Digital instruments have the extraordinary potential to sound like anything – really, absolutely anything.
Delivering on that potential, though, is another matter, a complex dance between physical input and sonic output. The Soundplane from Madrona is unique in that it provides highly-precise touch input across not one but three dimensions – pressure-based input across the X and Y axes, with multiple touch points. (See also: Haken Continuum.)
Back to the dancing bit – you have to then use that input musically. Here, we see one possible application, using the insanely-powerful KYMA sound design environment. Description from creator and CDM reader bar|none:
Soundplane + KYMA playing a model of a resonating string instrument. What instrument? Something unknown but wonderful and expressive.
Imaginary instruments are the world that is KYMA.
The sound is a resonation synth that models initial attack and picking of a string + the resonations and feedback associated with a resonating instrument body. More pressure means more feedback and energy into the resonations.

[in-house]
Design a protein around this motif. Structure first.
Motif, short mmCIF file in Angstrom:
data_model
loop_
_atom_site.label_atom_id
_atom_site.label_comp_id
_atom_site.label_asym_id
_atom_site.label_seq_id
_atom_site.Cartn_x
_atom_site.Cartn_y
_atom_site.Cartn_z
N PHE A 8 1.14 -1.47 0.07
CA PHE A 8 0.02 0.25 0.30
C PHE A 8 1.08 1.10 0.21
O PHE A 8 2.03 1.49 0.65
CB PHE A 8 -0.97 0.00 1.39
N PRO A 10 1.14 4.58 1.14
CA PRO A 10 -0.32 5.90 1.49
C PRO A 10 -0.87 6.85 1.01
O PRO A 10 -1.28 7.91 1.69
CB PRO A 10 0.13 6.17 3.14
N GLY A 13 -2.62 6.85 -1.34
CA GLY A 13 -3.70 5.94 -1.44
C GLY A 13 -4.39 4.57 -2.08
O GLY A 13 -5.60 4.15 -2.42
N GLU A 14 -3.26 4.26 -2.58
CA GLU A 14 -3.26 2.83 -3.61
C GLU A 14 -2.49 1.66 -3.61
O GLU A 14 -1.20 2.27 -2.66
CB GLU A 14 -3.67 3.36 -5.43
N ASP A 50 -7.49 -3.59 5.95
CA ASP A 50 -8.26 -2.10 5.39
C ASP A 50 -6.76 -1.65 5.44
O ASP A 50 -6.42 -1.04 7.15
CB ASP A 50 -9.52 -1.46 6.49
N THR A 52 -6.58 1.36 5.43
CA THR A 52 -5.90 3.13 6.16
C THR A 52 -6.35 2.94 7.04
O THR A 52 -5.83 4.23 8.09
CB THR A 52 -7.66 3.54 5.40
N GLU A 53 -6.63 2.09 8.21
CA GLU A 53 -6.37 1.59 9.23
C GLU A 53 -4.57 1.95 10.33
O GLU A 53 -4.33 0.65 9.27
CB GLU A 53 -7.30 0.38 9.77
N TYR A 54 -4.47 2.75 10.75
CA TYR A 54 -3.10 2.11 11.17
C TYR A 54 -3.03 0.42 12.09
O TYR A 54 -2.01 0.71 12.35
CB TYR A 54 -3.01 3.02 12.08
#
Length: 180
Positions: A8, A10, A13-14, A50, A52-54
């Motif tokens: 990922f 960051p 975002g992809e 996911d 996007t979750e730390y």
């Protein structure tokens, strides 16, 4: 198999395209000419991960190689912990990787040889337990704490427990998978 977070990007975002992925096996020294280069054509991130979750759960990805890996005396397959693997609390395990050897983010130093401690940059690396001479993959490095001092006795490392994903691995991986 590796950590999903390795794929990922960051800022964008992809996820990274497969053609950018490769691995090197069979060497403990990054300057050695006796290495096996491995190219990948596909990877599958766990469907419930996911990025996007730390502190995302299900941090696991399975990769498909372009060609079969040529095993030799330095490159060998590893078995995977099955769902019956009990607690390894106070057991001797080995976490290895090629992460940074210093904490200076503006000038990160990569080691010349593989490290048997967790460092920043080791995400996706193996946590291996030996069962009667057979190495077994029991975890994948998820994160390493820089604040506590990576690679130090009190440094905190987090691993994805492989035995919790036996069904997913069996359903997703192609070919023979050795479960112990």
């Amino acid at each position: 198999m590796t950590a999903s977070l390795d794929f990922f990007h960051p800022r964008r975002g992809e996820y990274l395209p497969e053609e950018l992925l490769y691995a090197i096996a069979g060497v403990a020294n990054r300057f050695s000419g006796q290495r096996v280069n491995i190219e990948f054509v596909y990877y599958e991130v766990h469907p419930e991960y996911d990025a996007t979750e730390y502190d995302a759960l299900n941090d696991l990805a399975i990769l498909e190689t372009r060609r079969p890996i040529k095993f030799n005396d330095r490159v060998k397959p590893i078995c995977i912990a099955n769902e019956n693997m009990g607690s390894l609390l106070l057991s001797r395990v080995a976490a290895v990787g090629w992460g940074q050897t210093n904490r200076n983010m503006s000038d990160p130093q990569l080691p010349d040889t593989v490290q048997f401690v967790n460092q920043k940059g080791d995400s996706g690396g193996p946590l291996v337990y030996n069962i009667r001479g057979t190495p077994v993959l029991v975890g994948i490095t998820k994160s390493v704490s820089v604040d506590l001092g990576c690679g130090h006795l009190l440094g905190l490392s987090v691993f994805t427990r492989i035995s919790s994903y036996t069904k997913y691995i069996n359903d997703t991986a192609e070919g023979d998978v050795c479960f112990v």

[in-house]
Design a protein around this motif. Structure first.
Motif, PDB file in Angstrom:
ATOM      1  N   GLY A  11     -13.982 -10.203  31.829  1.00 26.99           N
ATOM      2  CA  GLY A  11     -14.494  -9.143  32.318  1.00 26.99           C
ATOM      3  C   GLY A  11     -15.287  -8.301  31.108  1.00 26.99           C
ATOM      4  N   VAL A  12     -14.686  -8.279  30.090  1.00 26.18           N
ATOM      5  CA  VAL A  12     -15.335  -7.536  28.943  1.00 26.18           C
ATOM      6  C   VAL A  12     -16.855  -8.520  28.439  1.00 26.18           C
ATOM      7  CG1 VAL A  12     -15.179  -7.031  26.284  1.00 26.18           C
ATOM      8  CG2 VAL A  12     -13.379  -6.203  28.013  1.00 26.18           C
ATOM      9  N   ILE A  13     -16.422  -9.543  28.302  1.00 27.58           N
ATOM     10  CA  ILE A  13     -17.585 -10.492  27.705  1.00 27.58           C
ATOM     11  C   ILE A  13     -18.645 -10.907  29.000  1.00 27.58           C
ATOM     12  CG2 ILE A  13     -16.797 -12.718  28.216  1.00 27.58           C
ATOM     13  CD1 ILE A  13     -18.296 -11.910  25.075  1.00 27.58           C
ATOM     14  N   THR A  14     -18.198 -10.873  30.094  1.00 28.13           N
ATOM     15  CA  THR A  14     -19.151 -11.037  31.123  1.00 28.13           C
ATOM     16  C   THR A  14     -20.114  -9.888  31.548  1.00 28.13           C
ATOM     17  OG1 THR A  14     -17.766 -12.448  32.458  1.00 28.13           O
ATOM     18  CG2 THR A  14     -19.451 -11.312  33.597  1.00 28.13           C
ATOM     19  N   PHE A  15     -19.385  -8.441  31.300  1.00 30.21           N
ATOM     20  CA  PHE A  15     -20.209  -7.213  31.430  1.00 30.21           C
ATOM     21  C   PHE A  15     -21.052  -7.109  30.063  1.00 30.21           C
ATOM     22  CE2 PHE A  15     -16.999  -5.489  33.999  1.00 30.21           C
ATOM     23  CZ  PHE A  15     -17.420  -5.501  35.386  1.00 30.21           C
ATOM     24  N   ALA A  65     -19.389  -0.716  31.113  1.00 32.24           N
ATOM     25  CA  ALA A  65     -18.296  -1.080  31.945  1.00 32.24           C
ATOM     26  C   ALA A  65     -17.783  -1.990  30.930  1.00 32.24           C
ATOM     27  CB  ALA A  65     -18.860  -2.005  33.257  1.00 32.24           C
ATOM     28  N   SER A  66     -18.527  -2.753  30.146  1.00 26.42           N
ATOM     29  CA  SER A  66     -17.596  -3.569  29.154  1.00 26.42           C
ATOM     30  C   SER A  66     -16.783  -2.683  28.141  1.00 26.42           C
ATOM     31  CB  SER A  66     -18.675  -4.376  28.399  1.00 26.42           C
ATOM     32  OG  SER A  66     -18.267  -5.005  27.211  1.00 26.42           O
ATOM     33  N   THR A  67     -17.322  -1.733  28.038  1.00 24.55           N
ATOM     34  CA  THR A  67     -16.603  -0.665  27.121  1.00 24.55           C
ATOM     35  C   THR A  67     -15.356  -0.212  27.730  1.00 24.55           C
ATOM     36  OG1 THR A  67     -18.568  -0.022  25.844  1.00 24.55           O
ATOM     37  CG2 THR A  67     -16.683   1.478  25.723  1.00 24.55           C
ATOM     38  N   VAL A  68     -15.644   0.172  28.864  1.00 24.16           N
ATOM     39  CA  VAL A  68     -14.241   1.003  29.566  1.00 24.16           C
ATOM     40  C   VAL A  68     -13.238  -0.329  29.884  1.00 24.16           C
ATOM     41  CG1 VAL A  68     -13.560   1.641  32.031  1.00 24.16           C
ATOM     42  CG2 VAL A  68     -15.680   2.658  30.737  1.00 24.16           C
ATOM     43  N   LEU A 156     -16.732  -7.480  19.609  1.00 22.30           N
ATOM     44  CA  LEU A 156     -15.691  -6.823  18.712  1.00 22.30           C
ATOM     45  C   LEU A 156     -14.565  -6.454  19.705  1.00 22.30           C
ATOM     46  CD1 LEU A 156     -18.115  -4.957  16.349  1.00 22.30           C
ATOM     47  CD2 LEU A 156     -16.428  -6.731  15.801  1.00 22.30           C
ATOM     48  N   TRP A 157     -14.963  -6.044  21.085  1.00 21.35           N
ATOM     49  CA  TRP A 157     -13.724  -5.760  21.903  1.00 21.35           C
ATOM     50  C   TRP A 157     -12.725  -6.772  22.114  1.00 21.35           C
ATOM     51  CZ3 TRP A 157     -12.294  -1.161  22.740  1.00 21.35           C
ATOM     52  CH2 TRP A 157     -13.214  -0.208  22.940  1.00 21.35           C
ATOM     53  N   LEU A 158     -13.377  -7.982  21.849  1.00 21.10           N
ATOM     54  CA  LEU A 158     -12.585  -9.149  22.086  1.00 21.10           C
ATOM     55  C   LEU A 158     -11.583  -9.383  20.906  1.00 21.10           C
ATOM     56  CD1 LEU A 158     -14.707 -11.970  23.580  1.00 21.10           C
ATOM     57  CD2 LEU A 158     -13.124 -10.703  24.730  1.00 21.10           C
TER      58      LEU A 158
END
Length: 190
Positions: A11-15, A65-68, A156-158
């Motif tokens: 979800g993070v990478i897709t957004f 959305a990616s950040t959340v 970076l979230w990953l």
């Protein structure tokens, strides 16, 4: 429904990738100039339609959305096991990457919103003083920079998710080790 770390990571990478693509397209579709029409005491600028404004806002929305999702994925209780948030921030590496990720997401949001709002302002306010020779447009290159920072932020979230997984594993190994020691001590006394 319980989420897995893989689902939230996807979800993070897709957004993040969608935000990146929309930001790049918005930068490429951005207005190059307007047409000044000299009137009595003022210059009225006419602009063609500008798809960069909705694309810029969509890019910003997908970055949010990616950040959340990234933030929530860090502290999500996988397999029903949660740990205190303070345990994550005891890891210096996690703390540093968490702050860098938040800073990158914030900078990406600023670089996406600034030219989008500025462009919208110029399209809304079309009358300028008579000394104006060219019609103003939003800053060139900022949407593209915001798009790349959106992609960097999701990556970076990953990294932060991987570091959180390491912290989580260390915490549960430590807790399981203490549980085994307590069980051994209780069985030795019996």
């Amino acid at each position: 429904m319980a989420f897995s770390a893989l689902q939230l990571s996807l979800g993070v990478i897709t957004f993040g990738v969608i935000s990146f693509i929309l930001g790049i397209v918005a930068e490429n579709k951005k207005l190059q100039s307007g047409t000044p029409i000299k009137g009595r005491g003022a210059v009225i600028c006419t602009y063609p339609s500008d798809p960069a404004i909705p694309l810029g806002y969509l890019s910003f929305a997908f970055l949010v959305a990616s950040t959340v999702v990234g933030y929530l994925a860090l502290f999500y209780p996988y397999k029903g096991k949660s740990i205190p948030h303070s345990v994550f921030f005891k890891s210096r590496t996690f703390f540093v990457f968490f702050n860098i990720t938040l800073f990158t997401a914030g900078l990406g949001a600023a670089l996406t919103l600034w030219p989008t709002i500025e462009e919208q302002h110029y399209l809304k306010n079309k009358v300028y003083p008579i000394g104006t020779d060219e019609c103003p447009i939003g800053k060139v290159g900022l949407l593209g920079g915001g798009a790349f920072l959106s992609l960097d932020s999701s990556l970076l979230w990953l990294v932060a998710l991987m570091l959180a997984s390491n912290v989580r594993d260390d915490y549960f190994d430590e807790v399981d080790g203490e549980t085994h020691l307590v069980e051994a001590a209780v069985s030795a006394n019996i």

Spent some time with this sound to make it respond properly with the soundplane.
Faster hits and you hear the picking. Vibrato and you hear the scraping on the strings.
I can’t tell you how this feels to play but I can say that you forget this is a controller and it feels like playing something tactile like a real instrument.
This uses the Madronalabs Soundplane to send OSC to KYMA directly via ethernet, no MIDI here. The soundplane client supports zeroconf discovery of OSC capable devices, so KYMA pacarana appears as an OSC destination and that is all required to connect the two. Symbolic Sound helped with the integration.
The result is very high resolution control of the sound that you can feel as you play the Soundplane.
Compelling stuff; I’d love to see – and hear – more. And it definitely looks like something you’d practice in the way you would a traditional, virtuoso instrument.
And, vitally, an interview with the creator:
Madrona’s Randy Jones on Aalto Soft Synth, Designing a New Instrument, Small Makers